Fed Treads Cautiously Into Muni Market With Loan Lifeline
(Bloomberg) -- The Federal Reserve is treading carefully into the $3.9 trillion municipal-bond market.
The central bank announced on Thursday that it would lend as much as $500 billion to states and the biggest local governments to cover massive tax shortfalls brought on by the swift slowdown in the economy, preventing a wave of short-term debt sales from hitting the public markets. But it stopped short of swooping in to buy long-term debt to head off another sell-off like the one that erupted last month, as it is doing with corporate bonds, collateralized loans and commercial mortgage-backed securities.
“The Fed is throwing a lifeline to municipal governments,” said Gary Pollack, head of fixed income at DWS Investment Management. “This will provide them time to get through this difficult period.”
The step will ensure that states and the most-populous cities can raise money to keep operating as tax collections dry up while their economies grind to a virtual halt and annual filing deadlines are pushed back. Wall Street analysts had predicted that such sales would jump in the coming months, which could have put pressure on a segment of the market where interest rates surged sharply last month when money managers dumped the shortest-dated securities to raise cash.
The lending program is somewhat limited in scope, however, since it is open to states and the 10 cities and 16 counties that are big enough to meet the minimum population requirements, according to Census figures. While states would be allowed to borrow money for smaller governments that don’t qualify on their own, it’s not clear how willing they would be to do so on behalf of financially struggling municipalities.
“While today’s action helps the largest cities, it completely misses the mark for those cities, towns, and counties across our country that fall under the population minimums,” Chris Iacovella, the chief executive officer of the American Securities Association, a lobbying group for regional firms. “These areas represent the heartbeat of America and for some reason the Fed and Treasury have chosen to exclude them while backstopping the largest cities, which doesn’t make any sense.”
The Fed’s move comes after the municipal-bond market went through an unprecedented sell-off in March as investors pulled record amounts out of mutual funds and governments began to forecast huge deficits from the virus-related shutdowns in activity. That rout stopped after Congress reached agreement on the $2.2 trillion economic stimulus measure, which gave the central bank the power to lend to states and cities and fostered speculation that it would start buying already-issued bonds in order to backstop the market.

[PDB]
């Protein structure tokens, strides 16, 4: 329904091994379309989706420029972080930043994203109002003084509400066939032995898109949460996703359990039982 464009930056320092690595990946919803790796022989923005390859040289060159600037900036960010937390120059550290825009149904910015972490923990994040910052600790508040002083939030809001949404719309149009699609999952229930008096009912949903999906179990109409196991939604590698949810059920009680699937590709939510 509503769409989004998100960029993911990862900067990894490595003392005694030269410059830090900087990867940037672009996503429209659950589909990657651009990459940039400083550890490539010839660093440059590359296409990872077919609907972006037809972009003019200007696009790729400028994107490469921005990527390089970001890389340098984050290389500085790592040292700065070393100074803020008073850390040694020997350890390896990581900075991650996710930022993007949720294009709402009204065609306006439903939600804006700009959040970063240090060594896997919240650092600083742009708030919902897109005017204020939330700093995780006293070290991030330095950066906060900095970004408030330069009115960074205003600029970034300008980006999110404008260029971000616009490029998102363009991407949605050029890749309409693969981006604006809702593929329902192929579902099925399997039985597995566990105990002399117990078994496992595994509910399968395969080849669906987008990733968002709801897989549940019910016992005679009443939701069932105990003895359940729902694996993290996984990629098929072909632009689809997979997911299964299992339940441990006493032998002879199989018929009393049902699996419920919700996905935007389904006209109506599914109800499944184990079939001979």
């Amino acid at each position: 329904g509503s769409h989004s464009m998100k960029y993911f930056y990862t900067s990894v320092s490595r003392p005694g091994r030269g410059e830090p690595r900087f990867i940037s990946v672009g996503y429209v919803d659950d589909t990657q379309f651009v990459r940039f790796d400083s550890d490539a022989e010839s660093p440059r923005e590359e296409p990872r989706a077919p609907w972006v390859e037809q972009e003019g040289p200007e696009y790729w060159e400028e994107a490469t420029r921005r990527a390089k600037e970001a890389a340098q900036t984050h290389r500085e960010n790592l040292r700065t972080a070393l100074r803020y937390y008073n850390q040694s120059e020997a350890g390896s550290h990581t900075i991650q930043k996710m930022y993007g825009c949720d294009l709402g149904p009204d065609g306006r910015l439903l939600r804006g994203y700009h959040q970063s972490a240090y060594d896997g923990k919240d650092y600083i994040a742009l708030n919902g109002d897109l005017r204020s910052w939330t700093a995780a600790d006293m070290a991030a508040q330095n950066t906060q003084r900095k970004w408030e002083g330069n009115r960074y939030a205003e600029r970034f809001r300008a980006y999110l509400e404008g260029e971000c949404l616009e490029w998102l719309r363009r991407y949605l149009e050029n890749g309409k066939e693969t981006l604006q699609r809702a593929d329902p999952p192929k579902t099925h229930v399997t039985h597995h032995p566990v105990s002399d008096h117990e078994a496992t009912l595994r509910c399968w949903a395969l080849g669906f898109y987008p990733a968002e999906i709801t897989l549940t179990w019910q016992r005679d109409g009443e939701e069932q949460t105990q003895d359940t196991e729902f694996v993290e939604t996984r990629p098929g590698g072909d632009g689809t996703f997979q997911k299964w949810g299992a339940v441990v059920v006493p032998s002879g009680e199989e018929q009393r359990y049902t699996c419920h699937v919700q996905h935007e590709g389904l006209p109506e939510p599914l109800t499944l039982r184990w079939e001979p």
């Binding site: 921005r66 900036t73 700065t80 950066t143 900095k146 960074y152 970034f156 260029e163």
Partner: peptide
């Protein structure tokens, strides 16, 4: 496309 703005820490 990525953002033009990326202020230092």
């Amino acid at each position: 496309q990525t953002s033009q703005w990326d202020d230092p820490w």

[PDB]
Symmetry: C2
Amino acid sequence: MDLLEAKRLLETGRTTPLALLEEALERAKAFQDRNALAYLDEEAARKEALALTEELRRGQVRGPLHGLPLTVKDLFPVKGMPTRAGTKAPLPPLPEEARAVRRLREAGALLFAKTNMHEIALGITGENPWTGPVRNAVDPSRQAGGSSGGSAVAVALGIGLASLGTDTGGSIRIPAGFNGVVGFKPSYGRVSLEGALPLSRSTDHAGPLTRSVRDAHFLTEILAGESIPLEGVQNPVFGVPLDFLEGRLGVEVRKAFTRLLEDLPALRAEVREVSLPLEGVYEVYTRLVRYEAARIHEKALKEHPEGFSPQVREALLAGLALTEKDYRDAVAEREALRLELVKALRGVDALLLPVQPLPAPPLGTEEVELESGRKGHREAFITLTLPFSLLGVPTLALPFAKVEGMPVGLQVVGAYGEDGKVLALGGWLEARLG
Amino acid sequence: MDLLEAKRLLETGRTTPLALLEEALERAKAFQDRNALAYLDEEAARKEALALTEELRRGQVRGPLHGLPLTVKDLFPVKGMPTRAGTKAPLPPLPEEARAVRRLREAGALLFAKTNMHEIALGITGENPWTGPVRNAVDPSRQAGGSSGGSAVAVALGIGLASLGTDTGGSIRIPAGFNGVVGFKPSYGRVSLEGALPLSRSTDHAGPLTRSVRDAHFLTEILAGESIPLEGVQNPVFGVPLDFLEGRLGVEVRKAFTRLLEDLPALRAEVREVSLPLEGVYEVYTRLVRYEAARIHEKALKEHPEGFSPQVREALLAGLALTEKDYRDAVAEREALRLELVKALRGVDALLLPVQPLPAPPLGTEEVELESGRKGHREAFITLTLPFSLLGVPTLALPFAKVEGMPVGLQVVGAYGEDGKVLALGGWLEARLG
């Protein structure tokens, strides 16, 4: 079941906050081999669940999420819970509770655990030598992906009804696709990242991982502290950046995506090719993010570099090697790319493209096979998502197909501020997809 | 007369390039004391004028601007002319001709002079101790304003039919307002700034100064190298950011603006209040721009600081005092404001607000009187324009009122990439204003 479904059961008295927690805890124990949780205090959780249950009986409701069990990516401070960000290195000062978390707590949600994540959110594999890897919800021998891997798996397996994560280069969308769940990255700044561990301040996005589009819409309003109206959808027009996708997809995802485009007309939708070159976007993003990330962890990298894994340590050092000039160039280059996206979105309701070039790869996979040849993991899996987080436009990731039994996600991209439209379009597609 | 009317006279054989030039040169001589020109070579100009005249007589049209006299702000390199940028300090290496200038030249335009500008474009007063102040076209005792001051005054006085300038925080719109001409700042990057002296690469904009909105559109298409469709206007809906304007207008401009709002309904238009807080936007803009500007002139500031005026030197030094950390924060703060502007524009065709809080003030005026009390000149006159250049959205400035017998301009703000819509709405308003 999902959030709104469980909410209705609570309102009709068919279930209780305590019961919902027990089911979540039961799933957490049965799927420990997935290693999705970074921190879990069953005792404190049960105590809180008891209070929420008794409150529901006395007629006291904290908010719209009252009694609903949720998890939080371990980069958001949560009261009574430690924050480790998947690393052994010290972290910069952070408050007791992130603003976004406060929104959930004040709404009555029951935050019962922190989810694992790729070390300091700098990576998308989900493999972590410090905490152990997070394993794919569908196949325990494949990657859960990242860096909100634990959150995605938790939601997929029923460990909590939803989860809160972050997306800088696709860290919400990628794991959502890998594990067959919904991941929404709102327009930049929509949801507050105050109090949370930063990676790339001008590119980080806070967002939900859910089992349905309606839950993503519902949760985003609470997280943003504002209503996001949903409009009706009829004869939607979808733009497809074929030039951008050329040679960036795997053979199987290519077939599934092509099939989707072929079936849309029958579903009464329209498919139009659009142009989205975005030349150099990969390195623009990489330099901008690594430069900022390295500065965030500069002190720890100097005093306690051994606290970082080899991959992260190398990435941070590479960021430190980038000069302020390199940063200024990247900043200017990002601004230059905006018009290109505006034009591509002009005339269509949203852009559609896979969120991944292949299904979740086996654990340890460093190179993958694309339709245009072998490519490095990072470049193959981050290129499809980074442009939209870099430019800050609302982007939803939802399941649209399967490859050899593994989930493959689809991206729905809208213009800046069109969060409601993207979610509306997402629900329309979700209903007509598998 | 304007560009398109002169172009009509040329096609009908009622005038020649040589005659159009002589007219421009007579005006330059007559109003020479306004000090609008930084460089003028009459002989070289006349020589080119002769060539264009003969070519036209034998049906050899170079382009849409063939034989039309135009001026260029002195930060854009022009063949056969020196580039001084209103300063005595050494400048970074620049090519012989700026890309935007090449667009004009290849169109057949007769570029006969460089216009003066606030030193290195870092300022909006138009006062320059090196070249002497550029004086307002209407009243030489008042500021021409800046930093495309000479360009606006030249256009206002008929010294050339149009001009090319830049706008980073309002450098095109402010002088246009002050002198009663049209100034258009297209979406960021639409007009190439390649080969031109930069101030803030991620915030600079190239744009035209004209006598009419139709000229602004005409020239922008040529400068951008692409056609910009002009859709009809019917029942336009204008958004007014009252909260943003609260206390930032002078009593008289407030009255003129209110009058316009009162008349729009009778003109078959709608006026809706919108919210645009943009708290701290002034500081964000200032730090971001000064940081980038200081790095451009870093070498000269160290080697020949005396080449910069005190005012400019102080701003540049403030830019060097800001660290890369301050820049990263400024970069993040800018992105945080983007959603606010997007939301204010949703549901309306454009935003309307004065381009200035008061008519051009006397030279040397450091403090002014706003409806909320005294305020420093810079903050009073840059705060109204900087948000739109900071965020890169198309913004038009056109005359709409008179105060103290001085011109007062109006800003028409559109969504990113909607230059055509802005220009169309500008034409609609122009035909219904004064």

“I am a bit disappointed in that the Fed will not be buying muni bonds in the secondary market, something they are doing for investment-grade corporate bonds,” RJ Gallo, senior portfolio manager at Federated Hermes. “Perhaps that may evolve in the future if this program fails to provide sufficient capital and liquidity support.”
Bond prices gained after the Fed’s announcement Thursday, driving the yield on 10-year top-rated securities down 10 basis points to 1.24%, less than half what it hit in March. Even risky securities that feel steeply during last month’s sell-off joined in the gains, with Ohio tobacco-settlement bonds due in 2055 climbing to as much as 97.5 cents on the dollar from about 91 cents Wednesday.
The Fed’s special purpose vehicle will purchase so-called tax, revenue and bond anticipation notes, which governments sell when they’re facing temporary shortfalls in revenues or waiting to sell long-term debt. The notes that the entity purchases must mature in 24 months or less.
That will prevent a massive amount of short-term securities from being issued at a time when the municipal-debt market is only slowly reviving from last month’s turmoil, which has starkly reduced the pace of new bond sales as many large deals are put on hold.
John Mousseau, the chief executive officer of Cumberland Advisors, said the Fed’s direct lending will help guaranty that the “market will not seize up,” which could in turn take pressure off of longer-dated securities as well.
The Fed said in a statement Thursday that it would continue to watch conditions in the municipal market to see if further action is needed. That fits with the central bank’s typical approach to wading into new asset classes, said Sean Simko, head of global fixed-income management at SEI.
“What we’ve noticed from the Fed is that they do like moving in steps -- they’re taking it in a measured pace,” Simko said. “It wouldn’t surprise me if they would come into the market with a step two or step three if needed.”
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